We could have an economy with 1 trillion dollars in production, and 1 million people, all working full time. It has a labor productivity of $100,000 per capita. Or we could have half a million people, with everyone working half-time. The total man-hours would be the same. Again we could have 1 trillion dollars in production. But now the labor productivity (production per capita) has doubled! We could keep chopping up the time. We could have only 1000 people, each working only a few minutes a day. Our labor productivity is now 1000 times what it was in the original scenario. For owners, part-time versus full-time is even better than that, because part-time workers often do not have to receive benefits like health insurance and pension plans.
Notice that we are not actually generating new production in these scenarios. We are merely dividing up the production pie differently. And that is the point. What has generated NEW wealth for the last 200 years is not human labor, but automation.
Of course, most businesses still depend on human labor. But depending on it and deriving most of your company’s wealth from it are 2 different things. Humans have all kinds of requirements – they get tired, they have to sleep, they get sick, they get old, etc., etc. Human labor is often the single biggest expense a company has. Of course, that is why companies are often anxious to find cheap sources of human labor. Cutting costs is a big part of enhancing profits. But that is not the same thing as actually GENERATING new wealth.
Ironically, in the short term, automation may eliminate much of the need for outsourcing. Machines will replace many of the jobs currently done by cheap foreign or migrant workers. Companies will naturally want to produce their goods close to where they sell them. But this will result in only a very modest increase in American jobs, and almost none of them will be the kinds of low-skill, low-education jobs that have been so common in the past.
In 2015, the U.S. GDP was 17.9 trillion dollars. The number of households was 125 million. This means that the GDP per household was about $143,000. $143,000 of wealth was generated last year for every household in America, the vast majority of it generated by machines, artificial energy sources, and technological innovations. The per capita GDP – in other words, the “worker” productivity – was about $56,000. About 10 times what is was in 1900. Of course, some of that wealth IS shared. Americans, on average, enjoy a high standard of living – air conditioning, refrigeration, chlorinated water, electronic devices, and so on. Many things that the average American did not have in 1900. The median household income in some states is as high as $70,000 per year.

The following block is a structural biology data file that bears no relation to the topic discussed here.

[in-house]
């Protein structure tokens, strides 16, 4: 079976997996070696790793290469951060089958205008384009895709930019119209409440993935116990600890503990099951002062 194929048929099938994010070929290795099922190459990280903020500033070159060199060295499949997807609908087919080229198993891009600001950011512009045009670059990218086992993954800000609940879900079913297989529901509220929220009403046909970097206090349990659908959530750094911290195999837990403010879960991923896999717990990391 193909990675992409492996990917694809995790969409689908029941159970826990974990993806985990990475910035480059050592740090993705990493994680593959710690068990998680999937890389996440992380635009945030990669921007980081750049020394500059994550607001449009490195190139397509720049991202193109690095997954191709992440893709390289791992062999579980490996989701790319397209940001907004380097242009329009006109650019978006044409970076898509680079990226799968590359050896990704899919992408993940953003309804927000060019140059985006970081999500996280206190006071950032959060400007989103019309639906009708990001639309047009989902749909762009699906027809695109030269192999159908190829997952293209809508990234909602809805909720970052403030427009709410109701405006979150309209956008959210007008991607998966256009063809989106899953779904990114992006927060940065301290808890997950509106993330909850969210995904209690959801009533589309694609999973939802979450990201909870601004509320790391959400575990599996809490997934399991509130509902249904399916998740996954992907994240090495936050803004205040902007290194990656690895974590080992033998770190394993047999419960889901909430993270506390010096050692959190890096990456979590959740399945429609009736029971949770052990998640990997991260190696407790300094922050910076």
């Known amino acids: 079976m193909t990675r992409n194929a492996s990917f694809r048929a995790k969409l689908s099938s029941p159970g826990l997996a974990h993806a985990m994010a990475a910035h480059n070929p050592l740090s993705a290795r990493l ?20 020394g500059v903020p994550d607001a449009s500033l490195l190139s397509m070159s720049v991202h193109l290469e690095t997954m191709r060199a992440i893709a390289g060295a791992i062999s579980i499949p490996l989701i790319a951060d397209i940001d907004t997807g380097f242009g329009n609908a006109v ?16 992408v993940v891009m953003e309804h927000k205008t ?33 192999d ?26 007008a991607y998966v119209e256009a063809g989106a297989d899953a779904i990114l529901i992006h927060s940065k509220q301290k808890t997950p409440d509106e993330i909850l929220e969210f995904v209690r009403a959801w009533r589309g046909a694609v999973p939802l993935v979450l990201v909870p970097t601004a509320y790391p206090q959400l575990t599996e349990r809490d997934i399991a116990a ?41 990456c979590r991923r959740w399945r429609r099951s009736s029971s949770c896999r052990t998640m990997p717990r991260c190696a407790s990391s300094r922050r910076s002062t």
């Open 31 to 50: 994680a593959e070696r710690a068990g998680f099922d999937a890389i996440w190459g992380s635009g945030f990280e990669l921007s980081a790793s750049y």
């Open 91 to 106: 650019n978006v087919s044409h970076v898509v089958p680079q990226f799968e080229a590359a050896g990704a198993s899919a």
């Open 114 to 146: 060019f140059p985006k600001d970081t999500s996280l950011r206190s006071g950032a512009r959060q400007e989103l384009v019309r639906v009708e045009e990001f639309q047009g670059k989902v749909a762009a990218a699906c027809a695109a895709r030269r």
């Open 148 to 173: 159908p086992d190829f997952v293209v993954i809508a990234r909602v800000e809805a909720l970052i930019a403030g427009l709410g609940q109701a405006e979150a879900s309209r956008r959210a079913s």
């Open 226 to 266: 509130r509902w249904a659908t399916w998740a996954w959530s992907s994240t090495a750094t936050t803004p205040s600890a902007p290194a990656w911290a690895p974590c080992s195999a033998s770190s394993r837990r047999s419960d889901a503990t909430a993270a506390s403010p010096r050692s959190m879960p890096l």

But none of this came about because of humans did more physical work. It came about because of human INGENUITY – because of machines, artificial power, and technological innovation. And the “hardest” working Americans often get the dregs of the wealth. The median household income in my home state of Louisiana is only about $42,000. Half of all Louisiana households make less than that. Imagine trying to have a decent house and a decent car, not to mention raise children, when your entire household pulls in less than $45,000 per year. And many households make much less.
A few recent statistics are rather stunning when it comes to income inequality. In the U.S., 400 people, less than 1 thousandth of 1% of the population, control more than half of the country’s wealth. Looking at the issue globally, the 3 richest people on earth control more assets than the combined wealth of 48 COUNTRIES. But focusing on the very wealthy misses the point. The real divide is between well-educated Americans, who now have a median income of about $45,000 per year, and poorly-educated Americans, who have incomes about 30% less. This divide is growing and will probably continue to do so.
As I said, many companies, particularly in low-skill industries, are now staffed largely with part time workers. Automation will almost certainly accelerate over the next 50 years, particularly in these industries. There is no future for poorly-educated workers. It doesn’t matter how “hard” they work. Machines can work harder. The delusion that “hard work” will always be well-rewarded, already a fiction, is in for a big reality check.